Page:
Planet formation theories predict a large but still undetected population of short-period terrestrial planets orbiting brown dwarfs. Should specimens of this population be discovered transiting relatively bright and nearby brown dwarfs, the Jupiter-size and the low luminosity of their hosts would make them exquisite targets for detailed atmospheric characterization with JWST and future ground-based facilities. The eventual discovery and detailed study of a significant sample of transiting terrestrial planets orbiting nearby brown dwarfs could prove to be useful not only for comparative exoplanetology but also for astrobiology, by bringing us key information on the physical requirements and time-scale for the emergence of life. In this context, we present a search for transit-signals in archival time series photometry acquired by the Spitzer Space Telescope for a sample of 44 nearby brown dwarfs. While these 44 targets were not particularly selected for their brightness, the high precision of their Spitzer light curves allows us to reach sensitivities below Earth-sized planets for 75 per cent of the sample and down to Europa-sized planets on the brighter targets. We could not identify any unambiguous planetary signal. Instead, we could compute the first limits on the presence of planets on close-in orbits. We find that within a 1.28 d orbit, the occurrence rate of planets with a radius between 0.75 and 3.25 R$_⊕$ is $ $ 67 plusmn 1 per cent. For planets with radii between 0.75 and 1.25 R$_⊕$, we place a 95 per cent confident upper limit of $ $ 87 plusmn 3 per cent. If we assume an occurrence rate of $ = 27 per cent for these planets with radii between 0.75 and 1.25 R$_⊕$, as the discoveries of the Kepler-42b and TRAPPIST-1b systems would suggest, we estimate that 175 brown dwarfs need to be monitored in order to guarantee (95 per cent) at least one detection.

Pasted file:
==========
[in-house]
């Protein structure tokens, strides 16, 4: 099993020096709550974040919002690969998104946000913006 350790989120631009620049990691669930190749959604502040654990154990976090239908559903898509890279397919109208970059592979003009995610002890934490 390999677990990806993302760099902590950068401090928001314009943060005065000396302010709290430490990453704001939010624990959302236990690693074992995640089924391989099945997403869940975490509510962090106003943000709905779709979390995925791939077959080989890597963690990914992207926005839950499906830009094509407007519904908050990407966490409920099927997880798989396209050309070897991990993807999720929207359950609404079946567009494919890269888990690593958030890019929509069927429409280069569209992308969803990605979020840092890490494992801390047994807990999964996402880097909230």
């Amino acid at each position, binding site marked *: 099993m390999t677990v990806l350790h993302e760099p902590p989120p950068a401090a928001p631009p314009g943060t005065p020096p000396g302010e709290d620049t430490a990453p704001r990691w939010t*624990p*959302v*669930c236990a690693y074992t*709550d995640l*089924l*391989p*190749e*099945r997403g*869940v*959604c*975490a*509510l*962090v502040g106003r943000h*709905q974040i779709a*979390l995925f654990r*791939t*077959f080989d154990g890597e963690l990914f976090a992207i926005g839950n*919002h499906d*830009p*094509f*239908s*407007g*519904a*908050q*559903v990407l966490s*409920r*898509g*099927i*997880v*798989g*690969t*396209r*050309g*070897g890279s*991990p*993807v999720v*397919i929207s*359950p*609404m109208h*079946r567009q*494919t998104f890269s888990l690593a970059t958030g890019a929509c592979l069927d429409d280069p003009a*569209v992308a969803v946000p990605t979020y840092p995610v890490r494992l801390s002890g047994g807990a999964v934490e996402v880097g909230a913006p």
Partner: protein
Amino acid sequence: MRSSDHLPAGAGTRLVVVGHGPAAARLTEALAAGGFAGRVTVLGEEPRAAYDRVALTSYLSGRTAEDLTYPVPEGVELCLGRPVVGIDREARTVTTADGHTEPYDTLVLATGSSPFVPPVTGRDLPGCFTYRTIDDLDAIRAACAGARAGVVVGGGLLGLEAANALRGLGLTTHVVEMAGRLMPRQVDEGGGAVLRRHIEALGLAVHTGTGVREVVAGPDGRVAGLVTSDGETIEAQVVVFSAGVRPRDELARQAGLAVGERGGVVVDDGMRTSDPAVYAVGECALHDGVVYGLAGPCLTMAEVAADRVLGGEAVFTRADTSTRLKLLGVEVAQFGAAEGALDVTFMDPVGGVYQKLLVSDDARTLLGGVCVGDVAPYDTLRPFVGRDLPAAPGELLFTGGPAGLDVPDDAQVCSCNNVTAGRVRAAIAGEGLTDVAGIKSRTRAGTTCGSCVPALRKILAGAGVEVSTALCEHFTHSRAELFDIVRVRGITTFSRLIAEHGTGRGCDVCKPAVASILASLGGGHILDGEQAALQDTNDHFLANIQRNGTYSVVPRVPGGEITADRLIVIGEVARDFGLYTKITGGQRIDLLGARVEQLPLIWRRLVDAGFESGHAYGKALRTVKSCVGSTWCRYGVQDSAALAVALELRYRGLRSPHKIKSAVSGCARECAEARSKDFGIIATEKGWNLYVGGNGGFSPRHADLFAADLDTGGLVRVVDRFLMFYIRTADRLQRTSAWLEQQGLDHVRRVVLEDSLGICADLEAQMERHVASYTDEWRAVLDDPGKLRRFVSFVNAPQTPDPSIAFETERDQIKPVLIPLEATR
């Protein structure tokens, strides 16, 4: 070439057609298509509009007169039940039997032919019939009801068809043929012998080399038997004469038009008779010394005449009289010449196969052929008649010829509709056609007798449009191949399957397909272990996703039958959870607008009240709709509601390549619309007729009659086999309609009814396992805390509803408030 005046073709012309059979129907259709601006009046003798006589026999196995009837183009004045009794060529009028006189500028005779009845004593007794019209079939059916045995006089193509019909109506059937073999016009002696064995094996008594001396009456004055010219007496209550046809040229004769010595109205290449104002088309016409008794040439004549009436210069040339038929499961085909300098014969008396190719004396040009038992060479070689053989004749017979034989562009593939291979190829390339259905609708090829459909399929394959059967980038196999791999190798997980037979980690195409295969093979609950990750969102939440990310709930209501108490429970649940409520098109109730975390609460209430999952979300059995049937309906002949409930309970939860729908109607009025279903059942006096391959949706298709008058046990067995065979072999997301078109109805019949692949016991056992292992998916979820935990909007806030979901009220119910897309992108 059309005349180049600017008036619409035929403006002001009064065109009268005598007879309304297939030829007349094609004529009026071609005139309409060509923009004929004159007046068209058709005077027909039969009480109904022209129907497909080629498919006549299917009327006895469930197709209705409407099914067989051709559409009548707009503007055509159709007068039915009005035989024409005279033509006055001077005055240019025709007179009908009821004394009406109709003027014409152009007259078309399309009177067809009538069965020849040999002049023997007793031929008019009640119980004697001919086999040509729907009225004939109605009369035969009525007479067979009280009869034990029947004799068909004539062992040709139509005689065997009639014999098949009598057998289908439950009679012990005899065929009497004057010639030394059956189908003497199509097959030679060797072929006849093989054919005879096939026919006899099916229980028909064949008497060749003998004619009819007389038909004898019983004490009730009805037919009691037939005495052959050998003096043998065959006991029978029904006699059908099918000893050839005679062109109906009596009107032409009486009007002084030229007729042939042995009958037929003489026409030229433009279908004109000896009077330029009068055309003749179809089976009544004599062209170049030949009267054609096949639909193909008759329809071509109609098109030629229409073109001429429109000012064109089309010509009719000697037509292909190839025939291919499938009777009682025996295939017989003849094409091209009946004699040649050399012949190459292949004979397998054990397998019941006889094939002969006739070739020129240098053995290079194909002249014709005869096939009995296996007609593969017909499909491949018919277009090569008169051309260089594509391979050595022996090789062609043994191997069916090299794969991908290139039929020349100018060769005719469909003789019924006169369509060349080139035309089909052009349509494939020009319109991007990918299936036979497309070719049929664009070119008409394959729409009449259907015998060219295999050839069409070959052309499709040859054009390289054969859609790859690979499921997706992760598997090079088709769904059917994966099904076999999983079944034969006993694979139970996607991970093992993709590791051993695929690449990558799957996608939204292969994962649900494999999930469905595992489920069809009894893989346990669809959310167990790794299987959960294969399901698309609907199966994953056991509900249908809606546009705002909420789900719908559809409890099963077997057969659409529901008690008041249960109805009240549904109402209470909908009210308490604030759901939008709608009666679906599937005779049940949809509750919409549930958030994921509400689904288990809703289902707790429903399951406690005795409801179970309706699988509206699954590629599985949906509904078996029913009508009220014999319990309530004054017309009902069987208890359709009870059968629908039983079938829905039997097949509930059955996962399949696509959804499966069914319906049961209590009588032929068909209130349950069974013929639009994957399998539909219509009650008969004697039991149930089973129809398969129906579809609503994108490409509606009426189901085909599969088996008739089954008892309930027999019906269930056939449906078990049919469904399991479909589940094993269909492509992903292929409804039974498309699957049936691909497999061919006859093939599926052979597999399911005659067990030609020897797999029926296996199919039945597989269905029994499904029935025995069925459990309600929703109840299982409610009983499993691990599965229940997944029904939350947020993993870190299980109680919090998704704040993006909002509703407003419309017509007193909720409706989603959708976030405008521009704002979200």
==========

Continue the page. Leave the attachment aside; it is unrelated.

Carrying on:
- brown dwarfs
- techniques: photometric
- planets and satellites: detection
- planets and satellites: terrestrial planets
- binaries: eclipsing